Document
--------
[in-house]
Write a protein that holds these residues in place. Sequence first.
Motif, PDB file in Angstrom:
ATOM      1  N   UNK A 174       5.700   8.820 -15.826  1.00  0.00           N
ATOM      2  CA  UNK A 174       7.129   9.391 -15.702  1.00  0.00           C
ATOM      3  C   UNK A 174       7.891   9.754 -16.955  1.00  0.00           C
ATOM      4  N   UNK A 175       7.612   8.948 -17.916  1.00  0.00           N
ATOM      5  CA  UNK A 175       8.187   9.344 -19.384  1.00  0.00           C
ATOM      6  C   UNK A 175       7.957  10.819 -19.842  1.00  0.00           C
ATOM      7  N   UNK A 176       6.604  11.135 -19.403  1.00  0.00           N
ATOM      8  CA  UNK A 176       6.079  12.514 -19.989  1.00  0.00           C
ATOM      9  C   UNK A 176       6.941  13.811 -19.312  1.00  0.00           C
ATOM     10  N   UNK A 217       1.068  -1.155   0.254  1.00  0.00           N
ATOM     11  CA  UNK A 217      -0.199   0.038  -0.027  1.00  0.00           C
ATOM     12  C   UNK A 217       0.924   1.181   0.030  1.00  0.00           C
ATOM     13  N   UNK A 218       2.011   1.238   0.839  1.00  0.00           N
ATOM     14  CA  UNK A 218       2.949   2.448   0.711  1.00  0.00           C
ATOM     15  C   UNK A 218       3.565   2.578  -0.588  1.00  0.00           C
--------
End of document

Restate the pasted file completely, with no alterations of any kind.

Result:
[in-house]
Write a protein that holds these residues in place. Sequence first.
Motif, PDB file in Angstrom:
ATOM      1  N   UNK A 174       5.700   8.820 -15.826  1.00  0.00           N
ATOM      2  CA  UNK A 174       7.129   9.391 -15.702  1.00  0.00           C
ATOM      3  C   UNK A 174       7.891   9.754 -16.955  1.00  0.00           C
ATOM      4  N   UNK A 175       7.612   8.948 -17.916  1.00  0.00           N
ATOM      5  CA  UNK A 175       8.187   9.344 -19.384  1.00  0.00           C
ATOM      6  C   UNK A 175       7.957  10.819 -19.842  1.00  0.00           C
ATOM      7  N   UNK A 176       6.604  11.135 -19.403  1.00  0.00           N
ATOM      8  CA  UNK A 176       6.079  12.514 -19.989  1.00  0.00           C
ATOM      9  C   UNK A 176       6.941  13.811 -19.312  1.00  0.00           C
ATOM     10  N   UNK A 217       1.068  -1.155   0.254  1.00  0.00           N
ATOM     11  CA  UNK A 217      -0.199   0.038  -0.027  1.00  0.00           C
ATOM     12  C   UNK A 217       0.924   1.181   0.030  1.00  0.00           C
ATOM     13  N   UNK A 218       2.011   1.238   0.839  1.00  0.00           N
ATOM     14  CA  UNK A 218       2.949   2.448   0.711  1.00  0.00           C
ATOM     15  C   UNK A 218       3.565   2.578  -0.588  1.00  0.00           C